3. The image of Mary which is used to shame or silence us seems, often, to be only a pallid reflection of the full scope and power of her life. We are presented with the fact that Mary was obedient, that she suffered, and that she was perfectly pure. Her role as the Theotokos makes for splendid art, but this is rarely, in Catholic theology, extended into a meditation on how women can be God-bearers, the bodies giving body to divinity in humanity. Our sacramental life reiterates the significance of priests as standing in the person of Christ, but what about the fact that it was Mary that first brought God to us, within her own body? When we look at the life of Mary in the Gospels, the first thing we see is her radical acquiescence to a crazy request that could potentially have put her life in jeopardy. We see her making a decision about the gift of her own fertility, without consulting her father or her betrothed. We see her making a long journey, on her own, to give companionship to a female relation. We see her oppressed by an Imperialist regime into traveling, poor and pregnant, then giving birth in the most difficult of circumstances. We see her pondering things in her heart. We see her bossing God around. Purity in Mary is not something that exists for men, for male delectation and anticipation, but is something she reserves for her unique vocation to carry God. Her virginity is not “receptive” to men. Her obedience is to God, in spite of the dangers and demands of patriarchal political structures. She is not bound to her home, and indeed, we almost never see her in her home, but always traveling: to visit Elizabeth, to the census in Bethlehem, as a refugee to Egypt, as a pilgrim to Jerusalem. She travels as a missionary bearing with her the eternal Word.

As Simcha Fisher points out:

As a Church, our conversations about the role of women always fall into one of two pitfalls: we can be impossibly vague, until our words are overgrown with a furze of jargon; or we can be impossibly specific, grievously offending perfectly good women who happen to be different from other perfectly good women.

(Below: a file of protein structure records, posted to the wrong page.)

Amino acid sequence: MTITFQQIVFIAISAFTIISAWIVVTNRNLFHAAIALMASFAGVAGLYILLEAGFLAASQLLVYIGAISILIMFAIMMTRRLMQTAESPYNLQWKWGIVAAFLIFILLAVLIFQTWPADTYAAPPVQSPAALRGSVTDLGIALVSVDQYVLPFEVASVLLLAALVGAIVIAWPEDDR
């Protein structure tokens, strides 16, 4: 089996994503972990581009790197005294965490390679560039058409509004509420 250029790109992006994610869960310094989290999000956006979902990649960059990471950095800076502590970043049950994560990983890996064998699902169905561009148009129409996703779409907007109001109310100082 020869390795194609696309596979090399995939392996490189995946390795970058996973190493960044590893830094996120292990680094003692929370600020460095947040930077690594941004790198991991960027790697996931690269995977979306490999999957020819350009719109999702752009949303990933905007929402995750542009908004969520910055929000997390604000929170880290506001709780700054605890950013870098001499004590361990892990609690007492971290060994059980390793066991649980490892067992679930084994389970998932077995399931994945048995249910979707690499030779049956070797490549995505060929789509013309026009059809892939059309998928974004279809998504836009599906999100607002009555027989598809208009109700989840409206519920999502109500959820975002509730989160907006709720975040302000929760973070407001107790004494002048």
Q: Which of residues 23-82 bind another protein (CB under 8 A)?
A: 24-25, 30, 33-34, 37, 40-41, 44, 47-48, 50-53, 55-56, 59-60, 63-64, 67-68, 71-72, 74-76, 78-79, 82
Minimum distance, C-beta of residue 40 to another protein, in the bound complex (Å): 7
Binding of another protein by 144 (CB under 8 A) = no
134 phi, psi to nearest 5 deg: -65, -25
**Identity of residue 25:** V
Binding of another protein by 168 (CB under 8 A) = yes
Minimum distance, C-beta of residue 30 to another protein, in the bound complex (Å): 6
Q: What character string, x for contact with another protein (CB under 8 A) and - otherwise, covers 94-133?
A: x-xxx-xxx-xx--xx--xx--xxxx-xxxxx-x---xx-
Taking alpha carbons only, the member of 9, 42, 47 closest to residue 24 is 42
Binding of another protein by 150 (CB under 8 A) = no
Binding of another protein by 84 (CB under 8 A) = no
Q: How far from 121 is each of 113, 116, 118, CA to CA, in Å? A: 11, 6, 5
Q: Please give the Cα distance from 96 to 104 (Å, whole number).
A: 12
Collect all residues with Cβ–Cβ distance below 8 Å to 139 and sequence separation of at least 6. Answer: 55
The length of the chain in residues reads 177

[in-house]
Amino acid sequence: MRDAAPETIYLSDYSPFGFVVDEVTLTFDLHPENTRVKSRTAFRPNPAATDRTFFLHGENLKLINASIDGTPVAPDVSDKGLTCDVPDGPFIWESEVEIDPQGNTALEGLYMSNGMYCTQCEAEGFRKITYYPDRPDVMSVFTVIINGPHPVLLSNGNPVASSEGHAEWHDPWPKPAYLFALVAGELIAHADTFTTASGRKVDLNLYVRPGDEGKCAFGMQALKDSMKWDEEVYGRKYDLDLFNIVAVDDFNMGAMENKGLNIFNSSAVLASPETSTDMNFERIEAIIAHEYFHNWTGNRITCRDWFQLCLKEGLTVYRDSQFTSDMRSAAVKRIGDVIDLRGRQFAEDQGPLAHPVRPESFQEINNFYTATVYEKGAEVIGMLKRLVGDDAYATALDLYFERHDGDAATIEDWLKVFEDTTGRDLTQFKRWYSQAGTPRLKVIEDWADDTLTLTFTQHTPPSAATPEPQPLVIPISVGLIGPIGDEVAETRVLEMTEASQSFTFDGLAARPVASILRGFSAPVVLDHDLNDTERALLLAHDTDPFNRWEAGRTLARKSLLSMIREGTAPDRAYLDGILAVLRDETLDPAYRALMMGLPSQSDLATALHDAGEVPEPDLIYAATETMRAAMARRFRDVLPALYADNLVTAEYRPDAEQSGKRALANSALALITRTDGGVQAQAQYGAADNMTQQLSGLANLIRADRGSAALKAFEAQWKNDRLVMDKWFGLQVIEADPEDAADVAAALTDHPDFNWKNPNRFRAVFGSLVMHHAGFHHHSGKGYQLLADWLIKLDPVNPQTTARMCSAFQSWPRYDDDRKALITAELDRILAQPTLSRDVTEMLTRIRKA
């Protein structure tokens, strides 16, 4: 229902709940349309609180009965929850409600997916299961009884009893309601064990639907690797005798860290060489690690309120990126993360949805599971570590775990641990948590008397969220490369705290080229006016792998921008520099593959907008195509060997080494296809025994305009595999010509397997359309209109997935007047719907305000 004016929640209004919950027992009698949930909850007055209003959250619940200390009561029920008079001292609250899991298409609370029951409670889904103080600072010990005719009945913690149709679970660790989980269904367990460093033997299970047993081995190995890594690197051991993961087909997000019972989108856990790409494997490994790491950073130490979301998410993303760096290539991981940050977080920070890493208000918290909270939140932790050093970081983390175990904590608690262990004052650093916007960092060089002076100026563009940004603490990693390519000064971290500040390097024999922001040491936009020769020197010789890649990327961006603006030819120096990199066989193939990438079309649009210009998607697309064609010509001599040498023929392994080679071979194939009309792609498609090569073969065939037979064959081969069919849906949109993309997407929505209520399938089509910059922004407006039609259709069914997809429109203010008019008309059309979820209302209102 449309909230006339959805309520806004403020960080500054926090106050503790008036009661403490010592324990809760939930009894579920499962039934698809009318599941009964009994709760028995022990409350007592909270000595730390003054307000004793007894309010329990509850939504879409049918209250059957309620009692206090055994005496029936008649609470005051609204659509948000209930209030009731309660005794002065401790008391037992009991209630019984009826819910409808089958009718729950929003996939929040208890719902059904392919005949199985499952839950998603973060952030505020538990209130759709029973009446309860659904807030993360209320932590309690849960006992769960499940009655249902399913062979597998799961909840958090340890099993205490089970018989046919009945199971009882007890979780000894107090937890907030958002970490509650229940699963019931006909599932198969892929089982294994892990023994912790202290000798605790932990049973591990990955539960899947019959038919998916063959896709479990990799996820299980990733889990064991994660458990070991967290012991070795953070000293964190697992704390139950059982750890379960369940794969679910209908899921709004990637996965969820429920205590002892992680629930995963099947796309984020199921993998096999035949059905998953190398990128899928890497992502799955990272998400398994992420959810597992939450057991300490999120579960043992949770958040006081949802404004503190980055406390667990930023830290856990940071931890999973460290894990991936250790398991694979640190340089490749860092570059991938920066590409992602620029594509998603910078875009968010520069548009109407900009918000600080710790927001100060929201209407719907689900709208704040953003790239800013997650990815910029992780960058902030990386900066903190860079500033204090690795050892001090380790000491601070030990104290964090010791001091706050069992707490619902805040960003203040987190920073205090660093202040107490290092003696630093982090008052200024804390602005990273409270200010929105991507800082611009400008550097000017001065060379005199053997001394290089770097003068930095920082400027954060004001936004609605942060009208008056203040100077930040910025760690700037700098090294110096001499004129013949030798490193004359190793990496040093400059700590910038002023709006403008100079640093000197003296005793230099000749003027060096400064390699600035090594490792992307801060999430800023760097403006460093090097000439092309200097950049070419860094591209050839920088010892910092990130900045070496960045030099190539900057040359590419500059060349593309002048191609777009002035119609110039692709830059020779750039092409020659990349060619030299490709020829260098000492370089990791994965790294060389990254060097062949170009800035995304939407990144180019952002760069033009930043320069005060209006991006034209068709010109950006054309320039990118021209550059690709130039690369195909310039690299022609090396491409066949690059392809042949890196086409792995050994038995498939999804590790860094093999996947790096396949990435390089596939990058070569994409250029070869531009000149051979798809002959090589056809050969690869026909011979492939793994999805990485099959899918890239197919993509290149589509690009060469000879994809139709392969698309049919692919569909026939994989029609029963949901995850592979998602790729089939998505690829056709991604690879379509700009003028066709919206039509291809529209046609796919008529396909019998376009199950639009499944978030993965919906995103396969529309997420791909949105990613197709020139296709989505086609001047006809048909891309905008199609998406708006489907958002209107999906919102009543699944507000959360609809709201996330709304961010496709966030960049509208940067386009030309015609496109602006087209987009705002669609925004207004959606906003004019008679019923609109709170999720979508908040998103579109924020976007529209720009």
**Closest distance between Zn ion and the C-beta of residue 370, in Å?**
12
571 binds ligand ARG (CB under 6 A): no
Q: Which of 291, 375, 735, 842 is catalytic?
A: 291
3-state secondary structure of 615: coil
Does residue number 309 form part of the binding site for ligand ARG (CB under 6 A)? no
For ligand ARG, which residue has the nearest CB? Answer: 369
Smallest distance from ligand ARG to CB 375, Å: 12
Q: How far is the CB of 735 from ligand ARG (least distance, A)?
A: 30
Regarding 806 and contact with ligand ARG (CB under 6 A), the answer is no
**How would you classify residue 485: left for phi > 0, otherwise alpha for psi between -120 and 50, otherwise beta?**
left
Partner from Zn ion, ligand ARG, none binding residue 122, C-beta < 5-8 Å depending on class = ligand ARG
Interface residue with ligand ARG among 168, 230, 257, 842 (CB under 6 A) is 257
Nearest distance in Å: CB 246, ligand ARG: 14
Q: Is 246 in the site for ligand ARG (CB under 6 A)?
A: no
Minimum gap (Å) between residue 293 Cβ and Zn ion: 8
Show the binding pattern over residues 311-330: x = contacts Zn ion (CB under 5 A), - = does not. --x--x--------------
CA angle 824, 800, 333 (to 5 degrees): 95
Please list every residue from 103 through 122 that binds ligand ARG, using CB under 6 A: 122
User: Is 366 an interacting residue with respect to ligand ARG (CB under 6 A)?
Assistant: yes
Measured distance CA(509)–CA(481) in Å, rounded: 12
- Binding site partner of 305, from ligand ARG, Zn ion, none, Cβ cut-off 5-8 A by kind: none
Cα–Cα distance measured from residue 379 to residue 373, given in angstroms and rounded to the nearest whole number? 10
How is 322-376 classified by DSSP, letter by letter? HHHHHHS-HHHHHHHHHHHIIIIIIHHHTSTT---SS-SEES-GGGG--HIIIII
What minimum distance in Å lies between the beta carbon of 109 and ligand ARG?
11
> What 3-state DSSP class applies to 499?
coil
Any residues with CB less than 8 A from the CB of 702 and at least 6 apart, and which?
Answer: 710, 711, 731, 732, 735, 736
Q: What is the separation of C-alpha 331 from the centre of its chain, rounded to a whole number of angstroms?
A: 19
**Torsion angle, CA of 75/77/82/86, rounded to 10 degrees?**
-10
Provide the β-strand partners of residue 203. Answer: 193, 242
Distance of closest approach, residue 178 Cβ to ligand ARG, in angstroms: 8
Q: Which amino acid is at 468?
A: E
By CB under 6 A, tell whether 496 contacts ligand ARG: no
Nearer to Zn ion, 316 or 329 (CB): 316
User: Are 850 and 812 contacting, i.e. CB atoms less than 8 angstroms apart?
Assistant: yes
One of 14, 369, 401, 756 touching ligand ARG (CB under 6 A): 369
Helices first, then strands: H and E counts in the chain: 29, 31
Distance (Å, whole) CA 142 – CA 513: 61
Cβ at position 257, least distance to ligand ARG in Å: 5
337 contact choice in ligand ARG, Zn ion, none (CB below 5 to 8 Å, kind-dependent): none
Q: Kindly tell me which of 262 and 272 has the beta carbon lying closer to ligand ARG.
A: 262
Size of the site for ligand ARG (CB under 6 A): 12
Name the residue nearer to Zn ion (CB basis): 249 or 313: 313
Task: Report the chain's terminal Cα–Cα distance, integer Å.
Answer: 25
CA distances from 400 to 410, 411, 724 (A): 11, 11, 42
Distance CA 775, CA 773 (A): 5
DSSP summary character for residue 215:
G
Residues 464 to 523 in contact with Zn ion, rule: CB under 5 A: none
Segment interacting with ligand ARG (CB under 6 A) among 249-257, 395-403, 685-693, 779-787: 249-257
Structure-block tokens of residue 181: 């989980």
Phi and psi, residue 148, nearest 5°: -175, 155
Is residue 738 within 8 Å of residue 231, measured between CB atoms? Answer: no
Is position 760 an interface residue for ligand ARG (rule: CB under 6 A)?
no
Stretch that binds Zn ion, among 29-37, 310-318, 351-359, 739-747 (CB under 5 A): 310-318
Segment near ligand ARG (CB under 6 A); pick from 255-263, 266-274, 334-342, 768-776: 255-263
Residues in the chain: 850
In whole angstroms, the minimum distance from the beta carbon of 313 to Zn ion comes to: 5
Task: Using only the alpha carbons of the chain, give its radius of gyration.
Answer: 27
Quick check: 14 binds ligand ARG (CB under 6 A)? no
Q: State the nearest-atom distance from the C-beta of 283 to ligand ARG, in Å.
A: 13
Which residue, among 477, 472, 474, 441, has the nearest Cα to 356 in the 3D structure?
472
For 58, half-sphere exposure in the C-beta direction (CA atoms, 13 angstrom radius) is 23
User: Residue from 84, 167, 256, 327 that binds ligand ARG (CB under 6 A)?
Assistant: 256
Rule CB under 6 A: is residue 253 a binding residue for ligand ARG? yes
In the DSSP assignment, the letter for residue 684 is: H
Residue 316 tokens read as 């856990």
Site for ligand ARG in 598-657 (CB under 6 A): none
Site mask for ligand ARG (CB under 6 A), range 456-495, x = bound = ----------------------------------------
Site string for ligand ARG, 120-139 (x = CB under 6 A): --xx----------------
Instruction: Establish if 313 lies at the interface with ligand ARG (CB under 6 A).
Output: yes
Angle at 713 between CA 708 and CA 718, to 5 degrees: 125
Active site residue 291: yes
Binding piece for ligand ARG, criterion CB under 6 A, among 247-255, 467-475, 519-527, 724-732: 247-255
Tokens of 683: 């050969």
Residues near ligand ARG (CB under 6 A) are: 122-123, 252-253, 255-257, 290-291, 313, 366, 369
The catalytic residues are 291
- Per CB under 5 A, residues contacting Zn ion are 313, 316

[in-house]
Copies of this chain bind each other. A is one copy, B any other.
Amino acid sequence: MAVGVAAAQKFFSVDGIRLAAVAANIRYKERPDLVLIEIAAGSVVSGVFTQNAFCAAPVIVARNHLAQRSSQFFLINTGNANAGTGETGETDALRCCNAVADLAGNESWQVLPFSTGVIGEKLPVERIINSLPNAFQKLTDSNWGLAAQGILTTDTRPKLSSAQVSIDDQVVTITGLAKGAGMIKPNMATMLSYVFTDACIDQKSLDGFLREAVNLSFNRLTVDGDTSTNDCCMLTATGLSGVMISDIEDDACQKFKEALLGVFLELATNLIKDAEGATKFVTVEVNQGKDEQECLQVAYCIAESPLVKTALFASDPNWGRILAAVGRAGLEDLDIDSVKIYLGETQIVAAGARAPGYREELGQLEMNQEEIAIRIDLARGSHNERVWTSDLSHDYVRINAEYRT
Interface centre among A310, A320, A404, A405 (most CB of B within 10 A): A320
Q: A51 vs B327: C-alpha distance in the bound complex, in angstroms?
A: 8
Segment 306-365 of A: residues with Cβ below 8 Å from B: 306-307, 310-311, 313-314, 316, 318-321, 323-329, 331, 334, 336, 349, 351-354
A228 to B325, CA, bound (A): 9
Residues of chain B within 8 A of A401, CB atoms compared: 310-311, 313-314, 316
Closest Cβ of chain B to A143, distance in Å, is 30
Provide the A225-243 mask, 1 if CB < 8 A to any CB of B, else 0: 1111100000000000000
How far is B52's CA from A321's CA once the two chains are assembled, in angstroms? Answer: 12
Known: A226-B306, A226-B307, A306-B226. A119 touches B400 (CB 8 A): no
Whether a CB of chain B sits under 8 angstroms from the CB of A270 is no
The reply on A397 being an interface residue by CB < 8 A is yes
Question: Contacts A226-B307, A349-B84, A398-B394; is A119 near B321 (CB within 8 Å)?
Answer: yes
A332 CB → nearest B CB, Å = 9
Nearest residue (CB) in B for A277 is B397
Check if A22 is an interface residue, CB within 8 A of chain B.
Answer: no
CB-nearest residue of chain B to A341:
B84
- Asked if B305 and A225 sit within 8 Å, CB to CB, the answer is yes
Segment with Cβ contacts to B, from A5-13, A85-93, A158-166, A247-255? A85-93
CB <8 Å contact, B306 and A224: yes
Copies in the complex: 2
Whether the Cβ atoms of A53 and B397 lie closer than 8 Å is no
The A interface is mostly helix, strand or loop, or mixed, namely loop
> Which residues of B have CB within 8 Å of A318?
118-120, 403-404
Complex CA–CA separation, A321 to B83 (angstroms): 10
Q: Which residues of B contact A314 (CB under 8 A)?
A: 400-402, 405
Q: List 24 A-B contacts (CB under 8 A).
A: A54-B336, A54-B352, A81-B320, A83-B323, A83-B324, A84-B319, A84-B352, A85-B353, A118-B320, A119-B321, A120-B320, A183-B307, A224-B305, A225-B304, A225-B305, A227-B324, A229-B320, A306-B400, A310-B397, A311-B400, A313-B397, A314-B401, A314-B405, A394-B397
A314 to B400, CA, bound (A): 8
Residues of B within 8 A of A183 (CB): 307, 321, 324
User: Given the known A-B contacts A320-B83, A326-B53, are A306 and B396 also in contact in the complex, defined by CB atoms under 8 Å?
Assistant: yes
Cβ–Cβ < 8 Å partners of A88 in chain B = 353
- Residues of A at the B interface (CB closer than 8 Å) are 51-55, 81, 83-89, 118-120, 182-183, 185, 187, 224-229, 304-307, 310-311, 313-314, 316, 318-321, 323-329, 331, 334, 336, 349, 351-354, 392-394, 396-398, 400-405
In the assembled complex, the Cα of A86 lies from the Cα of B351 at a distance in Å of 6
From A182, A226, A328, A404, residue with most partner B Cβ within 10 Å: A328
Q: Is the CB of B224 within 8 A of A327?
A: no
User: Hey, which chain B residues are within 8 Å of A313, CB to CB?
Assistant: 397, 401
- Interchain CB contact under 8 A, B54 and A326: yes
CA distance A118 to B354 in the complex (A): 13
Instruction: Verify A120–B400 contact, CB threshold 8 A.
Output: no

Here’s the vague approach, epitomised by John Paul II, who had a special charism for expressing important and profound truths in a way that sounds nearly meaningless:

“Within Christianity, more than in any other religion, and since its very beginning, women have had a special dignity, of which the New Testament shows us many important aspects … It is evident that women are meant to form part of the living and working structure of Christianity in so prominent a manner that perhaps not all their potentialities have yet been made clear.”

The careful, motivated scholar can reap true inspiration, but the typical reader will wonder, “Do these people actually have anything to say?”

I think we would have a lot more to say, if women were to take the lead in talking about what it means to be ourselves. Imagine, as I pointed out earlier, if for three thousand years the job of understanding men had been left only to women? What a one-sided mess it would be.

I don’t mind that some doors are closed to us, as women, but it seems to me that other closed doors are just begging to be opened. Pope Francis seems to be seeing this, too. The real question is, when it comes to elaborating the theology of women, will the men be willing to sit back and listen, as we have listened to them for centuries? Or will we have to hear ourselves professionally mansplained, yet again?


image credit:,_unknown_German_artist,_Bergen_Kunstmuseum.JPG US-PD